Exactly what Speedy Jim said. Seen it in a friend's barn/garage once,
where it was a 240V pump in the position where your oven is.
You can verify that you're missing one of your two hot legs by looking
at the position of your breakers in the box. Reading down one side,
you're going to have working - not working - working - not working, and
on the other side, just the opposite. (Assuming you've got all single
pole breakers. If you've got the little half-sized ones, it'll be two
working, two not working, etc. And double breakers getting 240V aren't
going to be working either.)
I agree, call the power company and ask them to check your service. If
you're lucky, it's their problem.
WARNING: some of what I'm suggesting below is potentially DANGEROUS.
If in doubt, hire a pro. Depending on your locality, you may have to
hire a pro anyway. Where I live, I can do this work on my own home,
but your locality may not allow it.
If the utility company says that everything checks out to the meter,
you may be able to diagnose it and fix it. A voltage tester (one of
the pens that lights up is sufficient, but do test it on a few known
good and bad outlets first, so you know what hot and not hot looks
like) should allow you to trace your service from the meter through the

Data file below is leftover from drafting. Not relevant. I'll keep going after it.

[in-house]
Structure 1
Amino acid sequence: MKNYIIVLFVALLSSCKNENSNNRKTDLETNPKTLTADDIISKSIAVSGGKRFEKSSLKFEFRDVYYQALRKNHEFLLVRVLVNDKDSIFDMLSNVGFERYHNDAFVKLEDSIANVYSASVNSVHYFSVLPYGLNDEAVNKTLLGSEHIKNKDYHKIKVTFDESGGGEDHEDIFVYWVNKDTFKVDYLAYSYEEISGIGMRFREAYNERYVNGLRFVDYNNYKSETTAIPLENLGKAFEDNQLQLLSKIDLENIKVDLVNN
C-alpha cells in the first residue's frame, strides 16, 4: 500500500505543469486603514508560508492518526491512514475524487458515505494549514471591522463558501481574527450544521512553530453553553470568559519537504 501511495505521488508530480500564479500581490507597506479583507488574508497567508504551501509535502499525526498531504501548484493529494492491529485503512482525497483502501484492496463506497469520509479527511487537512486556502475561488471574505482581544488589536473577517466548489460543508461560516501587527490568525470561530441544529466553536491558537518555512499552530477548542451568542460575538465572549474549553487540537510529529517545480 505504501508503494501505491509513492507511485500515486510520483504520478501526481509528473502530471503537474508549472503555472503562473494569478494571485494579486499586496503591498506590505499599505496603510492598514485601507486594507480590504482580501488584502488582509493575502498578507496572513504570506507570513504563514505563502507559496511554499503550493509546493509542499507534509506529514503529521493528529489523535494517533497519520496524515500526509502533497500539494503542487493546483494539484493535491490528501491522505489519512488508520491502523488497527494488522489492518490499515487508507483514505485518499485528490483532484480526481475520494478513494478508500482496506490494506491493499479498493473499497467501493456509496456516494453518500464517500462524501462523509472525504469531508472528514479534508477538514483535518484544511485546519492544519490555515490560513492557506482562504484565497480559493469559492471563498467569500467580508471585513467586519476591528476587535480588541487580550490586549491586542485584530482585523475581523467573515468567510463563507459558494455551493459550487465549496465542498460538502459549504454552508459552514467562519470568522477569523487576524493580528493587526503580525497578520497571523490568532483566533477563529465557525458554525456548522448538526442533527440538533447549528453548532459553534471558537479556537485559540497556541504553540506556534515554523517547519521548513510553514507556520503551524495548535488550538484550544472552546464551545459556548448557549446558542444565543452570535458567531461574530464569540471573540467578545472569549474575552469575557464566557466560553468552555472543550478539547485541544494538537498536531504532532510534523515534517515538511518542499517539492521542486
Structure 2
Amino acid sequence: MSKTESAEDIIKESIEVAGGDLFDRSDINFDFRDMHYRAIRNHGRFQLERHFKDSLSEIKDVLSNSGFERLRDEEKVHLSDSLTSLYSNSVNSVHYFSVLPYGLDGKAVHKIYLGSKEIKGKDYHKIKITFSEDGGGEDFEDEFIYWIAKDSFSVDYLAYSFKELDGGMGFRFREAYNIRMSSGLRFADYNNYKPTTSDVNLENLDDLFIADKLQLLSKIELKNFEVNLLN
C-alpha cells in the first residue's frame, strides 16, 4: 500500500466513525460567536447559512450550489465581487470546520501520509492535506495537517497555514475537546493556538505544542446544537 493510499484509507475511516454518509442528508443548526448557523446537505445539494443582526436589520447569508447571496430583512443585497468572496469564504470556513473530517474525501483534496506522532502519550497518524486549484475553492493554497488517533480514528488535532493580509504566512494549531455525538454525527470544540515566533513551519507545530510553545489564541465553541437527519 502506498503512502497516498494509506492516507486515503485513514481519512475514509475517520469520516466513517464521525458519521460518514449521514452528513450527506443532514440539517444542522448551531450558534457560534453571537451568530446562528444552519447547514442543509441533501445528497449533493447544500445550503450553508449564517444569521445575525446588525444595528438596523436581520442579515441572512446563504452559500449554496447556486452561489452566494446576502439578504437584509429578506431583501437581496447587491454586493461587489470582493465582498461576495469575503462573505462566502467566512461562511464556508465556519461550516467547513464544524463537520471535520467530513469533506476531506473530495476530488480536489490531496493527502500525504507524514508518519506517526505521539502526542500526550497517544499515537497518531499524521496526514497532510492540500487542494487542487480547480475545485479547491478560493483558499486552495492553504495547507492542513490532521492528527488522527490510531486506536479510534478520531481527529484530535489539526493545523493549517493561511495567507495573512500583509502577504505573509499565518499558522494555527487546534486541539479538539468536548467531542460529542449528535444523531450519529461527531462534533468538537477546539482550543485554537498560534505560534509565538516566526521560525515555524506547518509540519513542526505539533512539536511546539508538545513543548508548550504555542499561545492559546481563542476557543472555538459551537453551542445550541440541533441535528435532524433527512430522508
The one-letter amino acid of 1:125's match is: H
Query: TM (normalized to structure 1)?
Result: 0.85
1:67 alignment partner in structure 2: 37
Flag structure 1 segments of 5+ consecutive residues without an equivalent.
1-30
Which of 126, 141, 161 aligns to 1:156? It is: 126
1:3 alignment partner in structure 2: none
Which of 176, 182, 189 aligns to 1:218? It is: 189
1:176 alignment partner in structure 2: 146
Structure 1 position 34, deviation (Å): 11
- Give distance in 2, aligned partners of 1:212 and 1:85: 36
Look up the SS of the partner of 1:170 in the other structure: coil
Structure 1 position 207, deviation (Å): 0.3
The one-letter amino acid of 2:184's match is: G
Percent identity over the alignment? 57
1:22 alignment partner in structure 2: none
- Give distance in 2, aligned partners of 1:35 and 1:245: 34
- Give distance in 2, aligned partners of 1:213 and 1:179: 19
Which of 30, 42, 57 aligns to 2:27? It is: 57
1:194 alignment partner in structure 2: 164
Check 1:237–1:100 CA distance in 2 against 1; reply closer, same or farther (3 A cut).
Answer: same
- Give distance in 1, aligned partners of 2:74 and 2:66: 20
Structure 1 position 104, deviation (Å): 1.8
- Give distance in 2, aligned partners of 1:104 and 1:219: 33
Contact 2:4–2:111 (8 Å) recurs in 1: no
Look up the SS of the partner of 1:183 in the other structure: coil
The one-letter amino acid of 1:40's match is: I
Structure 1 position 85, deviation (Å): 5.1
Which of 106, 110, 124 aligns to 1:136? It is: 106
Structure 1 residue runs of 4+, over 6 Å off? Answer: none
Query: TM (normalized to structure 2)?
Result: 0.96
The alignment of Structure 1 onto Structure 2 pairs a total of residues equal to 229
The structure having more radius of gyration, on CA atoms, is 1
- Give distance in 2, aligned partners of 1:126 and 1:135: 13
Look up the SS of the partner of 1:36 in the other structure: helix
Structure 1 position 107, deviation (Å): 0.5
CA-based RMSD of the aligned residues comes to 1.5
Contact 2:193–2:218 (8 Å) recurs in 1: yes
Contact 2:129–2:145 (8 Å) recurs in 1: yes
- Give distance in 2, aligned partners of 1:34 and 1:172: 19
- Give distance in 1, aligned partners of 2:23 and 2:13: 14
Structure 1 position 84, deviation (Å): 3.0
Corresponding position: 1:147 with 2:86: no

breaker box and figure out where one of your two hots stops being hot.
Even if you throw the main breaker in the breaker box, some parts
(usually the top area near where the wires enter from the meter) are
hot anyway. Be careful where you touch.
You should be able to find two lines coming into the breaker box that
are hot. If not, you've got a problem between the breaker box and the
meter. If you've got two hots into the breaker box but half the black
wires coming out of your breakers aren't testing hot, suspect the main
breaker up at the top of the box. If you're lucky, you have a shutoff
out on the meter box, and then a separate panel inside, so you could
shut power off at the meter, put in a new main breaker, and then turn
power back on at the meter. If your meter doesn't have a shutoff that
will cut power to the entire breaker box (not just all the breakers,
but EVERYTHING), you'll need the utility company to come and disconnect
your service while you fix the problem.